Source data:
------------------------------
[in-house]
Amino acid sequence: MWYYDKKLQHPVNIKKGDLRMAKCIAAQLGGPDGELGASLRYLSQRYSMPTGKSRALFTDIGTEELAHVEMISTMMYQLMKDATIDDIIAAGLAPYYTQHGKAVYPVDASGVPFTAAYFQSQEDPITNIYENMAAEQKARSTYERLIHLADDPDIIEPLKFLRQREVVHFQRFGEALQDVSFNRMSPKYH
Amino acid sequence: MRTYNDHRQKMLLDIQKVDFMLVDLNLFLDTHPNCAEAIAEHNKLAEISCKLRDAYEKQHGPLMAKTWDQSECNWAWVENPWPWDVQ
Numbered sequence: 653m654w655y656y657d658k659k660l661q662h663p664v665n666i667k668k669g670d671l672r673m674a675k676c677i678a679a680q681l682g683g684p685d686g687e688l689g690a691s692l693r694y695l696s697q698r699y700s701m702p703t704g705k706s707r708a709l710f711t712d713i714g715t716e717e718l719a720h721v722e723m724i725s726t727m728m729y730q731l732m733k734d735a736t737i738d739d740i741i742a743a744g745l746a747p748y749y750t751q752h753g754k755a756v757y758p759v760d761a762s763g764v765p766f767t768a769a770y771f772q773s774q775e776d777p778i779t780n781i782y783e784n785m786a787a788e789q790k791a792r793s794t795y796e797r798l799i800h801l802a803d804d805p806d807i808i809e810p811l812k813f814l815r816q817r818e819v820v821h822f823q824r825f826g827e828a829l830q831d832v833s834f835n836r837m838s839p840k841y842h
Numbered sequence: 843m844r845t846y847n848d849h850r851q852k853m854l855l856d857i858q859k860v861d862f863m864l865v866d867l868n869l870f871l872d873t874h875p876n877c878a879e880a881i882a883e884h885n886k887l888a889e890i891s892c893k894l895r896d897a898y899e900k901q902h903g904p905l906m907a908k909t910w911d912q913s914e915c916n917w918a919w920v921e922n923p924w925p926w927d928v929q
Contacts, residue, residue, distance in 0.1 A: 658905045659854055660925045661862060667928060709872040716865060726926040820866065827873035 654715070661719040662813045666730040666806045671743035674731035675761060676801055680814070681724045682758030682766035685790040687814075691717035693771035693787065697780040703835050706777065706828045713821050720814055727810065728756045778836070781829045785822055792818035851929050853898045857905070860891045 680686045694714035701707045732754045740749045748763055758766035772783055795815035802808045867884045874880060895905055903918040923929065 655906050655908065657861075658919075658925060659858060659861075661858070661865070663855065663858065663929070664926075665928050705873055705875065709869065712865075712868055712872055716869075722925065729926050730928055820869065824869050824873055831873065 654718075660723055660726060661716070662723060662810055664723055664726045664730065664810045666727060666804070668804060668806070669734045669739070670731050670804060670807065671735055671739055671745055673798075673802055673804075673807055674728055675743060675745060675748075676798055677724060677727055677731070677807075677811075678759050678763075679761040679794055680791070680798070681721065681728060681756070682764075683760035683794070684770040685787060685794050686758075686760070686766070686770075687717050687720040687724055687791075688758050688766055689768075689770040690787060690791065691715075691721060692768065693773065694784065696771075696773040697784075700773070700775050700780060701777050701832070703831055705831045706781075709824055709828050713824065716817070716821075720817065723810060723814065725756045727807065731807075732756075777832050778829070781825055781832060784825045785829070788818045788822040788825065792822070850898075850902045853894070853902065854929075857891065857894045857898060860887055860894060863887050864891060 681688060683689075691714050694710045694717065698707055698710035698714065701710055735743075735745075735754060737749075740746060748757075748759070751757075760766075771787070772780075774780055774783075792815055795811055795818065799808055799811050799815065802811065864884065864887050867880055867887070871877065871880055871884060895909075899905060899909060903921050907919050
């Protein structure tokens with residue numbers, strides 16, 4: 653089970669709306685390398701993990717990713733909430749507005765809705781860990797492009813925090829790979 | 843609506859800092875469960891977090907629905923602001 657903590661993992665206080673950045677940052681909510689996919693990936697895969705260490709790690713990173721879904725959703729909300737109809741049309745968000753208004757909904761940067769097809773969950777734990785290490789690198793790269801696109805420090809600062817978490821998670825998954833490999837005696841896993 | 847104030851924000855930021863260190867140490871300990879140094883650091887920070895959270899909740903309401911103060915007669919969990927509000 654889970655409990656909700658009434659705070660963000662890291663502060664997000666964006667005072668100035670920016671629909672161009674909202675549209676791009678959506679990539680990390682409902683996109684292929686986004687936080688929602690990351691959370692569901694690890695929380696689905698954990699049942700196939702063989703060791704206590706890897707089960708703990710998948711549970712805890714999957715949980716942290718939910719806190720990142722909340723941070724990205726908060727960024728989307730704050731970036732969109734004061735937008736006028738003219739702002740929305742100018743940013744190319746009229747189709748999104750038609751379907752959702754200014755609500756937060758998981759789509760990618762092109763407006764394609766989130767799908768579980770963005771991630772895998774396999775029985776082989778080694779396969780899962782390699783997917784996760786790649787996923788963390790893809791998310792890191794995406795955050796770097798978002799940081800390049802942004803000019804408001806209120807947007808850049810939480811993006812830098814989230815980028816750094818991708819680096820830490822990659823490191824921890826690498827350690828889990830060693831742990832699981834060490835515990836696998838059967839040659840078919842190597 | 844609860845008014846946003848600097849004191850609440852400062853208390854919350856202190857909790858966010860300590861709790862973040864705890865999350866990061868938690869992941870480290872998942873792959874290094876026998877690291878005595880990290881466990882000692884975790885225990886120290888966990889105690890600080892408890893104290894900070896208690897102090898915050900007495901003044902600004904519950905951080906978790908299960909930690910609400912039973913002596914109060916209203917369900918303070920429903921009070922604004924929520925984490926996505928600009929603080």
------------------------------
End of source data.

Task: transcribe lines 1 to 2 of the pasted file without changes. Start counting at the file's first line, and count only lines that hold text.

[in-house]
Amino acid sequence: MWYYDKKLQHPVNIKKGDLRMAKCIAAQLGGPDGELGASLRYLSQRYSMPTGKSRALFTDIGTEELAHVEMISTMMYQLMKDATIDDIIAAGLAPYYTQHGKAVYPVDASGVPFTAAYFQSQEDPITNIYENMAAEQKARSTYERLIHLADDPDIIEPLKFLRQREVVHFQRFGEALQDVSFNRMSPKYH